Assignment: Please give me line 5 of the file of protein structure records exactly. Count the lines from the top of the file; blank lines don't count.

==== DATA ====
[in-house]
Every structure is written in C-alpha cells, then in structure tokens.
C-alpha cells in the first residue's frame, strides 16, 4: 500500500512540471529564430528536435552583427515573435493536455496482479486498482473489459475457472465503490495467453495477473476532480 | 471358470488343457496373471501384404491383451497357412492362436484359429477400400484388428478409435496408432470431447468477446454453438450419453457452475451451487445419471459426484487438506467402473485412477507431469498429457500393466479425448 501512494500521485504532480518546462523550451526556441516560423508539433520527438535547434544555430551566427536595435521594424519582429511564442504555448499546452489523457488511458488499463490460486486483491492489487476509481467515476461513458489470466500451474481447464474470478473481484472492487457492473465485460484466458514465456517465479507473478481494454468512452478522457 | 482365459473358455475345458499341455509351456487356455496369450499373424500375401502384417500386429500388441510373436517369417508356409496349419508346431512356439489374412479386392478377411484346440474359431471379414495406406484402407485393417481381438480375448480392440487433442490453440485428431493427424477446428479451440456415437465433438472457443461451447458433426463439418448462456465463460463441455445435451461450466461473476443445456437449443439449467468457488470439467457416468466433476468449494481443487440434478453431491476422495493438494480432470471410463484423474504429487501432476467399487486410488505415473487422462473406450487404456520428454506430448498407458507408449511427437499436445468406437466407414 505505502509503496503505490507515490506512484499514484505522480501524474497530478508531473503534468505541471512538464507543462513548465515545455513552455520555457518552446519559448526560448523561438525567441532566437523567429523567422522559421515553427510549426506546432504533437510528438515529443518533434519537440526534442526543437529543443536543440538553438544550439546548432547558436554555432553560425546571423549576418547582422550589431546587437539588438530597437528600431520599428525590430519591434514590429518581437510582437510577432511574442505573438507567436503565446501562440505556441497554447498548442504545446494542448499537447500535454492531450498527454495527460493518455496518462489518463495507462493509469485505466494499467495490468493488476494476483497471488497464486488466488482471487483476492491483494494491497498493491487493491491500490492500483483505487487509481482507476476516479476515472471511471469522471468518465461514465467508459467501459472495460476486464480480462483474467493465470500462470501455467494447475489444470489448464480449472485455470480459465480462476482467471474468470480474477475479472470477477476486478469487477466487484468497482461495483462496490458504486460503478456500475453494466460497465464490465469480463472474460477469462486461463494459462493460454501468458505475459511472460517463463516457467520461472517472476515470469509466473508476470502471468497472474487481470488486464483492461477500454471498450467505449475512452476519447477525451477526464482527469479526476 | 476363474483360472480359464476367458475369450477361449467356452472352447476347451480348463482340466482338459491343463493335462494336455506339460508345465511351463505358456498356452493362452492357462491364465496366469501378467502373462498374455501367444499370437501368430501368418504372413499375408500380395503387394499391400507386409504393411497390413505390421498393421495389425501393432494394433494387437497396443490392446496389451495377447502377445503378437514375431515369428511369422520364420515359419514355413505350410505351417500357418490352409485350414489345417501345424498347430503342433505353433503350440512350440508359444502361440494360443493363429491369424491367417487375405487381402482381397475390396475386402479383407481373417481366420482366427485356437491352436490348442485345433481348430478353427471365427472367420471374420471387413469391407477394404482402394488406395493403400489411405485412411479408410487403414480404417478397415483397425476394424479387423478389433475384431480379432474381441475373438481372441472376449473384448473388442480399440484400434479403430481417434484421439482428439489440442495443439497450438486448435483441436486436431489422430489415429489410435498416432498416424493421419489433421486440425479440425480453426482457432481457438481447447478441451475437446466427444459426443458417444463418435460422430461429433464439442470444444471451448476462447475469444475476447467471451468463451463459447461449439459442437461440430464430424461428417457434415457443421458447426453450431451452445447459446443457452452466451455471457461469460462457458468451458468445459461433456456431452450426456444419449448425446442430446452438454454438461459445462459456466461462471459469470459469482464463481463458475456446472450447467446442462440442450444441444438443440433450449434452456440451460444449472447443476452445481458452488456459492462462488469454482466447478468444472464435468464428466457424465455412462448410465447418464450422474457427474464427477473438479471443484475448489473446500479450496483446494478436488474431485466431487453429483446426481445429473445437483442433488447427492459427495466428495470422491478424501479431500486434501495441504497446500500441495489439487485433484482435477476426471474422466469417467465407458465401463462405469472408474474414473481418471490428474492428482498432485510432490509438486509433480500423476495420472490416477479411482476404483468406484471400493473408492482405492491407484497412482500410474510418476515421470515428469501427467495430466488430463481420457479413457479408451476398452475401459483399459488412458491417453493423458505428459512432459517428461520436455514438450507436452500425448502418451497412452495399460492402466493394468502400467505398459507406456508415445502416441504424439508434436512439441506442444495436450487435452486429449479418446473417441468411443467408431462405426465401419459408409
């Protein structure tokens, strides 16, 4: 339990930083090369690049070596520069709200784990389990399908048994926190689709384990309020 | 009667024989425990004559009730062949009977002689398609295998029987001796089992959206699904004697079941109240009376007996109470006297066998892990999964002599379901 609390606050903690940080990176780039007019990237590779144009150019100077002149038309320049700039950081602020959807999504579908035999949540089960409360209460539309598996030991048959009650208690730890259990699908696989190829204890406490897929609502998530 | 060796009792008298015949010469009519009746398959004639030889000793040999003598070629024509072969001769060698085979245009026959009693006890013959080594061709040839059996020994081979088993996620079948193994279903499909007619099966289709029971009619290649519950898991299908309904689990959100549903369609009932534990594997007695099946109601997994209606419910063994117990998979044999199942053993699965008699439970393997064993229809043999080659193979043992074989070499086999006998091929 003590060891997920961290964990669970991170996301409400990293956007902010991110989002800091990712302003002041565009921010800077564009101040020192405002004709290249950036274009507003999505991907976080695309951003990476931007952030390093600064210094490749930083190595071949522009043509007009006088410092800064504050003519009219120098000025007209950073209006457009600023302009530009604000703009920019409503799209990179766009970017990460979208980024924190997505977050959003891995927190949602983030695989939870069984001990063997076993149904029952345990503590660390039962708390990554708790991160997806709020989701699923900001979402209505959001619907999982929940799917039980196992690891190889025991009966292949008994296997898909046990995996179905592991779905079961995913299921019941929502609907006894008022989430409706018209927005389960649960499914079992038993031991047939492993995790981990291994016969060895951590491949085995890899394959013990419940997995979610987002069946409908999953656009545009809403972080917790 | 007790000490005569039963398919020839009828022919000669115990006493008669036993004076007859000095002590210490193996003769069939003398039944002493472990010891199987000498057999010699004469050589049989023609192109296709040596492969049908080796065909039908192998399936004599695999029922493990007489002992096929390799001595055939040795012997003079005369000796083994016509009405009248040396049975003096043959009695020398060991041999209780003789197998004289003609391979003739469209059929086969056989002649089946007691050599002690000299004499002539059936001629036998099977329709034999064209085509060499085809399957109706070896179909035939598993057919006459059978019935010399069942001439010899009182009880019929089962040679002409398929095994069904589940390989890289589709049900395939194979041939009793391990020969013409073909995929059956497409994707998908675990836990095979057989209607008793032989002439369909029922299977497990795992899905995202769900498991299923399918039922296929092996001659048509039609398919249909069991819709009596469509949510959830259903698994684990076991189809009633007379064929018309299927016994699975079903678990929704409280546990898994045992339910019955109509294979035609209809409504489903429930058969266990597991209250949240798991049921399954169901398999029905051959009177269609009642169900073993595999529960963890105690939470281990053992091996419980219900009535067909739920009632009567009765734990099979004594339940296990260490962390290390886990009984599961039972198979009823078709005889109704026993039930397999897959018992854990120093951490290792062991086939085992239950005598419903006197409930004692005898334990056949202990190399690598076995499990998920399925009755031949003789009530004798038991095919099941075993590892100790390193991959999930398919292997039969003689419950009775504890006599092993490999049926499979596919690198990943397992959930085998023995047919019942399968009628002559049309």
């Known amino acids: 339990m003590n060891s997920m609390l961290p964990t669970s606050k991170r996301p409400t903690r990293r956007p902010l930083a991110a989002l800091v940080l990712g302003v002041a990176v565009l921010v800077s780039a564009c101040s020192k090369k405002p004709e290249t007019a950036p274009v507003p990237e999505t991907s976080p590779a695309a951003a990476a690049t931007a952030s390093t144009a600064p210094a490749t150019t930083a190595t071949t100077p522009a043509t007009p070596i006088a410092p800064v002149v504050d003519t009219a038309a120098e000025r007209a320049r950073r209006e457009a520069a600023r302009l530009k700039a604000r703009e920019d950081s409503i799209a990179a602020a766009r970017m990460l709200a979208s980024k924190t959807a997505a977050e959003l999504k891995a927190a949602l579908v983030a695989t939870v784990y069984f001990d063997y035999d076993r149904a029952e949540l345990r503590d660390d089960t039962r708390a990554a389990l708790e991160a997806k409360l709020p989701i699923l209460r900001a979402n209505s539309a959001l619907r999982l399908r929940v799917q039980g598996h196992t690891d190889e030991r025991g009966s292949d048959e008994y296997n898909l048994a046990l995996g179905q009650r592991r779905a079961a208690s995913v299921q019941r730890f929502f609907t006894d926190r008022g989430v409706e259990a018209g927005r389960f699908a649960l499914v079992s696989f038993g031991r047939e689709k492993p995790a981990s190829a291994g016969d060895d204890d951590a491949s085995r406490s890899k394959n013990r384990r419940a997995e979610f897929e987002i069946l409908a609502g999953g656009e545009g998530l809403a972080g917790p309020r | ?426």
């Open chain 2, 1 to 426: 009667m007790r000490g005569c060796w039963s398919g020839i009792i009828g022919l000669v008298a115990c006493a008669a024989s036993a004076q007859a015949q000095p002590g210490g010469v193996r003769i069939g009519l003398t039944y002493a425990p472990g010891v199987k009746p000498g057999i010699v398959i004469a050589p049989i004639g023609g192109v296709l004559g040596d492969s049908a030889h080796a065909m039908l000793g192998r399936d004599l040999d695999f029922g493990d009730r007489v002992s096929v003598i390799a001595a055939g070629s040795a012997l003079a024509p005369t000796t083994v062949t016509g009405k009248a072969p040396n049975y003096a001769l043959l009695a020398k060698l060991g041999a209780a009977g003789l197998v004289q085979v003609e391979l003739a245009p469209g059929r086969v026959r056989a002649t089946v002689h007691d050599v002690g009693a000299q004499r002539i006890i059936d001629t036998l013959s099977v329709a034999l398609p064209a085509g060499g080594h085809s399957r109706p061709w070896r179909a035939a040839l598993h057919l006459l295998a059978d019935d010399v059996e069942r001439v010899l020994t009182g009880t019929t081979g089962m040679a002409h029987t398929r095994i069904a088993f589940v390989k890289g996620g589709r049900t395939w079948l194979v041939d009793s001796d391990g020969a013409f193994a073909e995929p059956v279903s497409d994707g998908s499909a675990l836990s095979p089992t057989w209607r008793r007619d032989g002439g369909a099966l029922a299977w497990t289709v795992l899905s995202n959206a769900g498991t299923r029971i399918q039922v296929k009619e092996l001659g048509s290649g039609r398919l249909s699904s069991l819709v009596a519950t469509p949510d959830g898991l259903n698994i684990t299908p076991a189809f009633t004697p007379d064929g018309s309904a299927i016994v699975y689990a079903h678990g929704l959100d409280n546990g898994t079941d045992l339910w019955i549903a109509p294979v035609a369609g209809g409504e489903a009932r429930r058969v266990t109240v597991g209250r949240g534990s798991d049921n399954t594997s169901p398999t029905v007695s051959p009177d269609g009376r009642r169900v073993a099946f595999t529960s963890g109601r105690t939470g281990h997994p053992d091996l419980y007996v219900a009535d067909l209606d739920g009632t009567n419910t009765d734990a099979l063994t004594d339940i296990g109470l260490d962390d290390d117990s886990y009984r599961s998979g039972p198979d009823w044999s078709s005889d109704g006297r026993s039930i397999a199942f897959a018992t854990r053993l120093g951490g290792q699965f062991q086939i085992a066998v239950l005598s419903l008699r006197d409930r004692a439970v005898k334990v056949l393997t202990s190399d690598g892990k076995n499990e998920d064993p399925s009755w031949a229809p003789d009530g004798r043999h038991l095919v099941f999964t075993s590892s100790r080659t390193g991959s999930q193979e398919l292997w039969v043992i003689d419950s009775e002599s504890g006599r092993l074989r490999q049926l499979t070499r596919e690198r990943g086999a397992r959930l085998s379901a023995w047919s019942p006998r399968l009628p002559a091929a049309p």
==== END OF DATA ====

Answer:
């Known amino acids: 339990m003590n060891s997920m609390l961290p964990t669970s606050k991170r996301p409400t903690r990293r956007p902010l930083a991110a989002l800091v940080l990712g302003v002041a990176v565009l921010v800077s780039a564009c101040s020192k090369k405002p004709e290249t007019a950036p274009v507003p990237e999505t991907s976080p590779a695309a951003a990476a690049t931007a952030s390093t144009a600064p210094a490749t150019t930083a190595t071949t100077p522009a043509t007009p070596i006088a410092p800064v002149v504050d003519t009219a038309a120098e000025r007209a320049r950073r209006e457009a520069a600023r302009l530009k700039a604000r703009e920019d950081s409503i799209a990179a602020a766009r970017m990460l709200a979208s980024k924190t959807a997505a977050e959003l999504k891995a927190a949602l579908v983030a695989t939870v784990y069984f001990d063997y035999d076993r149904a029952e949540l345990r503590d660390d089960t039962r708390a990554a389990l708790e991160a997806k409360l709020p989701i699923l209460r900001a979402n209505s539309a959001l619907r999982l399908r929940v799917q039980g598996h196992t690891d190889e030991r025991g009966s292949d048959e008994y296997n898909l048994a046990l995996g179905q009650r592991r779905a079961a208690s995913v299921q019941r730890f929502f609907t006894d926190r008022g989430v409706e259990a018209g927005r389960f699908a649960l499914v079992s696989f038993g031991r047939e689709k492993p995790a981990s190829a291994g016969d060895d204890d951590a491949s085995r406490s890899k394959n013990r384990r419940a997995e979610f897929e987002i069946l409908a609502g999953g656009e545009g998530l809403a972080g917790p309020r | ?426």